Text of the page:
Established in 1802, this Baptist Church now worshiping in a sanctuary built in 1955, has a historic past and is at the heart of Embassy and Government offices on 16th Street, NW.
In the spectrum of Baptist worship it might be regarded as “High” Baptist with robed clergy and choir, and a high altar (yes, the information leaflet uses the word altar). On the Second Sunday of Advent the procession of choir and clergy also had one of the church families involved to light two of the purple advent candles. The selection of chorale music included “And the Glory” from Handel’s Messiah and we stood for the reading of the Gospel.
Sadly, though the liturgy was careful crafted and set out with congregational responses and choir verses after the readings, the “Communion” had only one line in the extensive liturgical leaflet and we descended from a rich bouquet of liturgical praise to “mere memorialism” in a hyper Zwinglian form that Zwingli, with his views of transsignification and his high place for the congregational participation around the table, would have hardly recognized.
Though the church claims this liturgical tradition and an ecumenical perspective the communion and great prayer of thanksgiving were perfunctory in the extreme. Sadly, the sense of eucharista was totally absent in an otherwise splendid service and the “dollies tea cup” of grape juice leaving a deep sense of disappointment.
How is it possible to construct good liturgical worship with a reading of the lectionary passages for the day and appear to care so little about the Eucharist which is set alongside the Word as revealing Christ to us as we praise God together? This is one of the deep conundrums of Baptist life today.
Keith and IBTS Friends:
Glad to know you’re visiting on this side of the water. Wish I knew you were over here so as to arrange a visit. Perhaps another time.
You post is revealing. Have you broached this conversation with anyone at FBC DC? They are currently without a pastor. Their former pastor, Jim Summerville, recently was called to FBC Richmond, VA.
I don’t know if what you encountered at FBC DC would have been the case had they had a pastor, however. As you know, I’ve also been calling attention to this sub-Zwinglian theology for some time. It is, unfortunately, more common than anyone really imagines or will admit.
In my visits to Baptist churches in the American South, it is quite common to attend a service of the Lord’s Table in which no words of institution (anamnesis) are recited and no prayer calling for the presence of the Holy Spirit is offered (epiclesis or paraclesis). In neither my seminary training nor in my ordination, was I ever asked or instructed about the proper celebration of eucharist/Lord’s supper. I try not to make that mistake with my students.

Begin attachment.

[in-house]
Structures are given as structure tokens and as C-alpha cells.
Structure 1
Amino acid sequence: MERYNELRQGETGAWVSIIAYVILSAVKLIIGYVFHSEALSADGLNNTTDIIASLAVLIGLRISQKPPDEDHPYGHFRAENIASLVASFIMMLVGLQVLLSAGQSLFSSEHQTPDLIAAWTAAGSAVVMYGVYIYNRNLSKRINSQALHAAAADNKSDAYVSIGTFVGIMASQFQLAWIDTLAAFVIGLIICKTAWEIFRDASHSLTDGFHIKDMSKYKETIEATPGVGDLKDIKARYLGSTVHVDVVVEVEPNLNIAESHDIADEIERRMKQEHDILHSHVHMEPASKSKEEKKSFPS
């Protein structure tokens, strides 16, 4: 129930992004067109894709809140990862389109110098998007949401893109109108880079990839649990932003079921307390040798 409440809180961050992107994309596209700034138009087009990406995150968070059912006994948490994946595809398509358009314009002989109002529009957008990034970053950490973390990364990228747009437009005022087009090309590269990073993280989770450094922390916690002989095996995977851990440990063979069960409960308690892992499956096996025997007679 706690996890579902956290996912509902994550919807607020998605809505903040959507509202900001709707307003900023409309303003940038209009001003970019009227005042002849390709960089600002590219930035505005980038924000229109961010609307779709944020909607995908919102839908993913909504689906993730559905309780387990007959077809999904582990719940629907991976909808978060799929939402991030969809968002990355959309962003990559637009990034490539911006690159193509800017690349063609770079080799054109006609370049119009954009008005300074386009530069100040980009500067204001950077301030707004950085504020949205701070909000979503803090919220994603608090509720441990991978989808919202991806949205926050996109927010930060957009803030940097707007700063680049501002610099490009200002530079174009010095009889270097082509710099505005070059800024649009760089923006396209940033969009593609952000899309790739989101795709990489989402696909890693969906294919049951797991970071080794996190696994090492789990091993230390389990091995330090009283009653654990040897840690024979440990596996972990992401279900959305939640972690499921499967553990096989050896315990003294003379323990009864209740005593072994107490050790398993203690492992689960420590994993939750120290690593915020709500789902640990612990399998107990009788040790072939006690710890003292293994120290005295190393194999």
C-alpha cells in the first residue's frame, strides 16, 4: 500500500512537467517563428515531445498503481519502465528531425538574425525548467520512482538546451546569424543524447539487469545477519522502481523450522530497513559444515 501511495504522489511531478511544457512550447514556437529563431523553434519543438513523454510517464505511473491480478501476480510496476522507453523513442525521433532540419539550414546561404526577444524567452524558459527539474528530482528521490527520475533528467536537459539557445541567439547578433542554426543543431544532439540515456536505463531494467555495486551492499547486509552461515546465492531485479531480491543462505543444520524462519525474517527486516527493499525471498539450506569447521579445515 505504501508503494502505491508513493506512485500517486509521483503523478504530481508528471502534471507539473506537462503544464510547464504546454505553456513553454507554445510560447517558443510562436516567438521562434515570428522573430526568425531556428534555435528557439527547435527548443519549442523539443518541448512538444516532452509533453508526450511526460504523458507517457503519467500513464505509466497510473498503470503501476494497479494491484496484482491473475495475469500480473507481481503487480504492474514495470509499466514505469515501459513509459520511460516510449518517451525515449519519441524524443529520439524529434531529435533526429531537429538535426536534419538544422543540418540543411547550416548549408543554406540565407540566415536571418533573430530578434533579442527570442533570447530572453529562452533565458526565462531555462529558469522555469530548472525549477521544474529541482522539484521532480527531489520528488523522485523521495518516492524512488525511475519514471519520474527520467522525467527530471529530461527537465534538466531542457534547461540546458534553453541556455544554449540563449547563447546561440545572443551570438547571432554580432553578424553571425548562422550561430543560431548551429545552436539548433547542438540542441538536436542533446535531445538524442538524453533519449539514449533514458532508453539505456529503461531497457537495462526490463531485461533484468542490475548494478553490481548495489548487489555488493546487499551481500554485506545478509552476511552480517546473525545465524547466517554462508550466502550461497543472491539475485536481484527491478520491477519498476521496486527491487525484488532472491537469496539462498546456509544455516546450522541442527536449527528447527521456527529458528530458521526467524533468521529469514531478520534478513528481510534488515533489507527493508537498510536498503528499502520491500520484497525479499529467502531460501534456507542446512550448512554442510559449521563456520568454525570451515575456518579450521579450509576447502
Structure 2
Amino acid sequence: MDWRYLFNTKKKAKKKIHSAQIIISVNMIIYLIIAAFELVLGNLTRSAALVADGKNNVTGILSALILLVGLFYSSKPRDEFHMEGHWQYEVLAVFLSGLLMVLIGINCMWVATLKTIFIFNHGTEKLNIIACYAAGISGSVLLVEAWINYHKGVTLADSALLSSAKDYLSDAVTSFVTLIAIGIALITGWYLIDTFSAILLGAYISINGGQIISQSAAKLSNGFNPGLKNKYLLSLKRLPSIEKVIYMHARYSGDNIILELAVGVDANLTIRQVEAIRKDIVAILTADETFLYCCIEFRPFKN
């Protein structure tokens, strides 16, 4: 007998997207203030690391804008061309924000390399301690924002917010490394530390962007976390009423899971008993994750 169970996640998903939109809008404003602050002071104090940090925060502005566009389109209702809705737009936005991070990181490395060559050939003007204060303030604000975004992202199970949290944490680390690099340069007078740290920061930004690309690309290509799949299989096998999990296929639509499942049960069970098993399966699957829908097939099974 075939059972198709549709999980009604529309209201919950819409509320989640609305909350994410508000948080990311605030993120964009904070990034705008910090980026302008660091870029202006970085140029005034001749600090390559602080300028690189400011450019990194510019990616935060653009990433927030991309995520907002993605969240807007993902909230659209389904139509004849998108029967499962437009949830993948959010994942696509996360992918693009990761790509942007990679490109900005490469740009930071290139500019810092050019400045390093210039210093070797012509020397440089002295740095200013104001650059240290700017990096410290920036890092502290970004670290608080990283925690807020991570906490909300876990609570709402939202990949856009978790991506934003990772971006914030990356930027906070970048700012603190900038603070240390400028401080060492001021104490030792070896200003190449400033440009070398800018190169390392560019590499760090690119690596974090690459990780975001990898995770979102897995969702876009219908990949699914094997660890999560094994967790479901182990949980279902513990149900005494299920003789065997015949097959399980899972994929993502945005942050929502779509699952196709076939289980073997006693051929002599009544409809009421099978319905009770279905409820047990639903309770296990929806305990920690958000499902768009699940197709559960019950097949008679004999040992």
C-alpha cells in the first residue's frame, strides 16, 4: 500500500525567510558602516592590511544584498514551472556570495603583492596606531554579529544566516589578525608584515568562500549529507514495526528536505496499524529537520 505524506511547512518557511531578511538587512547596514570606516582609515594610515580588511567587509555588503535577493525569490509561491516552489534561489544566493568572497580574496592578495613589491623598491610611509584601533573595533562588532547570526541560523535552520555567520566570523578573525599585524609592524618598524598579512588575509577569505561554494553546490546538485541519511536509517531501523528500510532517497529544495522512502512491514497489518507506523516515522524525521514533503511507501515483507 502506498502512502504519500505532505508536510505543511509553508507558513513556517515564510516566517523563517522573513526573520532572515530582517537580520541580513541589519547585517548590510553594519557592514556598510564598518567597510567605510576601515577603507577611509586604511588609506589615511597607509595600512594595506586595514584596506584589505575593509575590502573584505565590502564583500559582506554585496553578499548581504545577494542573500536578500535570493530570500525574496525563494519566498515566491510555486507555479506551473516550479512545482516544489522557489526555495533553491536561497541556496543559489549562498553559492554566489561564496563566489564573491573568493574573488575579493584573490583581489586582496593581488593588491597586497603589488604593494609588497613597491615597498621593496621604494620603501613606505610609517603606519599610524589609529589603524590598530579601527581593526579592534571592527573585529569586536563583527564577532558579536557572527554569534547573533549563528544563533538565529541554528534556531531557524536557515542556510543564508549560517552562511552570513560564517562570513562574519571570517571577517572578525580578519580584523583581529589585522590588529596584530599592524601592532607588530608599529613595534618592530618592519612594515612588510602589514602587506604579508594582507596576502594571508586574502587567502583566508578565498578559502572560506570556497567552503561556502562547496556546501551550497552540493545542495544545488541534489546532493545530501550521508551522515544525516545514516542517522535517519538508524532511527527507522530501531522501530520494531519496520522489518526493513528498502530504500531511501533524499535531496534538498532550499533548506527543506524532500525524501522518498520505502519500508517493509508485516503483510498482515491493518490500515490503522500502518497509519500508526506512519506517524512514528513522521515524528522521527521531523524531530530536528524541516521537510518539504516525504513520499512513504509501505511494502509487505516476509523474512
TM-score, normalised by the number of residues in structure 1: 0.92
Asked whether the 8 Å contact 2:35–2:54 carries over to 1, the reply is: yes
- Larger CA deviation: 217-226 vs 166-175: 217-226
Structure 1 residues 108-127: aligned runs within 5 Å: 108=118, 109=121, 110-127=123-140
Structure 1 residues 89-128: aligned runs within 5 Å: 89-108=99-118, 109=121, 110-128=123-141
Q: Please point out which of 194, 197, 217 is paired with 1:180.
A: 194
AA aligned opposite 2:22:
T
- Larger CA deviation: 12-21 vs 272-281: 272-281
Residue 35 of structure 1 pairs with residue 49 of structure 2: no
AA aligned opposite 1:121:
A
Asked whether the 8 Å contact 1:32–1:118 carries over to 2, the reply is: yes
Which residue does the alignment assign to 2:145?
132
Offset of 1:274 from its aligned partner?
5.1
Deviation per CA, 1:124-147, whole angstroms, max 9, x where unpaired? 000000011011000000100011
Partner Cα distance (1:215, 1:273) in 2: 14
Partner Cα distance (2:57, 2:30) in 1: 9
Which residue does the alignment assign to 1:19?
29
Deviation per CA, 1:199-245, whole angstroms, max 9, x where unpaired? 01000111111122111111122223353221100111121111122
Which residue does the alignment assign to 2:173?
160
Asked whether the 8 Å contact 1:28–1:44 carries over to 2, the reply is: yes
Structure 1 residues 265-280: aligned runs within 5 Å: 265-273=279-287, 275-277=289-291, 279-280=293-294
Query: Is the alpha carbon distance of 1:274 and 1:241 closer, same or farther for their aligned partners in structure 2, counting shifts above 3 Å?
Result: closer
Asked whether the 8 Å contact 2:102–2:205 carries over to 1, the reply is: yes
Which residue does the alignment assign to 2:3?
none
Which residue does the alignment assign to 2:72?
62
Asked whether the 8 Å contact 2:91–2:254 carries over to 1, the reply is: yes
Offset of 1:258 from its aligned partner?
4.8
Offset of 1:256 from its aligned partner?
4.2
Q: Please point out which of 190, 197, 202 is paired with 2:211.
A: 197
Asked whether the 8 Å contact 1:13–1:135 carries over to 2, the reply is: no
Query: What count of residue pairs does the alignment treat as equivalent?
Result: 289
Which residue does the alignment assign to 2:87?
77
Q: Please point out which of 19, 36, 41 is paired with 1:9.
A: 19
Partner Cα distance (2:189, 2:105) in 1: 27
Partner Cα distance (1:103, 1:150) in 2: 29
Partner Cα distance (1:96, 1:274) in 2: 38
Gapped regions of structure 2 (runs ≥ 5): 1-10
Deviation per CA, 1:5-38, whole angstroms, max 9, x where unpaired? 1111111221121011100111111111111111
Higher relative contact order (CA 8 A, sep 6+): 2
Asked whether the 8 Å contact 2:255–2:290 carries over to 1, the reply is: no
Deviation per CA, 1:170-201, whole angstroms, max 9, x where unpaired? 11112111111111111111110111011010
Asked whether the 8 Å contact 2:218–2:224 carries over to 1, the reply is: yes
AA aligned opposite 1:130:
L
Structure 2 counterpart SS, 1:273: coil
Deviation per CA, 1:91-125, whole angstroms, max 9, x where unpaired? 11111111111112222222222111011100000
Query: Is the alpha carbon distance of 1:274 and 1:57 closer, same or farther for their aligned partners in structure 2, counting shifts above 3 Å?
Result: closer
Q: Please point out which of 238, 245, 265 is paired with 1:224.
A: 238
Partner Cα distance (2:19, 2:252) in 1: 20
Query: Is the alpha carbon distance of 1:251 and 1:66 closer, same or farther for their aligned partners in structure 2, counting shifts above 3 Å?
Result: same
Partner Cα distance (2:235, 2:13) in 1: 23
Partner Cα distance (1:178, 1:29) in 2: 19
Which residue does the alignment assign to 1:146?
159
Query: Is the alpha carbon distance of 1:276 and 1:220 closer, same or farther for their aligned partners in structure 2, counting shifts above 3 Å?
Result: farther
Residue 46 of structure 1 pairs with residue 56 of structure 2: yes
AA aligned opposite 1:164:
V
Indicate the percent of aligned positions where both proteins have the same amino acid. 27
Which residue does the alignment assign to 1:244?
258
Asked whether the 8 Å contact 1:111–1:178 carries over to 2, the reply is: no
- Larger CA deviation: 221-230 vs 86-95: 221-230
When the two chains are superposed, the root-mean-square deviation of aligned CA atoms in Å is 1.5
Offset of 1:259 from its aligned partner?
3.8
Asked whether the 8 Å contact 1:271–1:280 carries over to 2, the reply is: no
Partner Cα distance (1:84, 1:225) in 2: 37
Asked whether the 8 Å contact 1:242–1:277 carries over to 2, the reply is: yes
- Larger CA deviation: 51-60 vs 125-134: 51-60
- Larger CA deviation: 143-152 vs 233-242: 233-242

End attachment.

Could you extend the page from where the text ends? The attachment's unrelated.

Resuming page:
Our practice has atrophied in part due to a reaction against various forms of sacramentalism (Catholics and Churches of Christ/Campbellites) and the influence of Emersonian romanticism/experientialism and hyper-individualism. The end result is an established practice of “mere memorial/mere symbol.”
Rather than just pronouncing our fellow Baptist brothers and sisters as on the edge of Baptist and Christian faith and practice, I would love to find ways to help them find their way closer to the center of the rich storehouse of liturgical worship. The goal: to recover a sense of Christ’s presence at the Table so the church may be nourished and strengthened in faith.
It might be helpful if we could find ways to invite conversations about the theology and practice of the Lord’s Table. Perhaps we could jointly host something. Maybe you could raise this in a letter to US Baptists. These are just rambling thoughts but about a deeply troubling condition.
Advent Blessings and Safe Journeys!
I too would welcome ways to help our fellow Baptists learn about the sacramental tradition beyond the caricatures that I and many others received in our theological training.
Denys Turner captures the essence of these caricatures when, referring to the meal-ticket one typically receives at academic conferences, he states that, “The Protestant thinks that the meal-ticket represents the meal you can purchase by means of it; the Catholic eats the meal-ticket, thinking that that is what you are getting for lunch.”
At the same time I am at a loss as to how to do this, and am most eager to hear from others.
I am currently producing a Baptist book of worship for Judson Press (Spring, 2009). During our many discussions and working sessions, there have been numerous complaints about what is perceived as my sacramental approach to liturgy, in particular, the Sacrament of Holy Communion. What a delight to read the posts in this strain. We celebrate communion every Sunday at FBC Dayton in our chapel service and once a month in our regular 10:30 worship. We use a full liturgy for Holy Communion and our congregation has responded in positive ways. I am encouraged to know that other Baptist voices are being raised about our following of the wrong reformer. May God advent in all of you the living presence of the Lord Jesus Christ.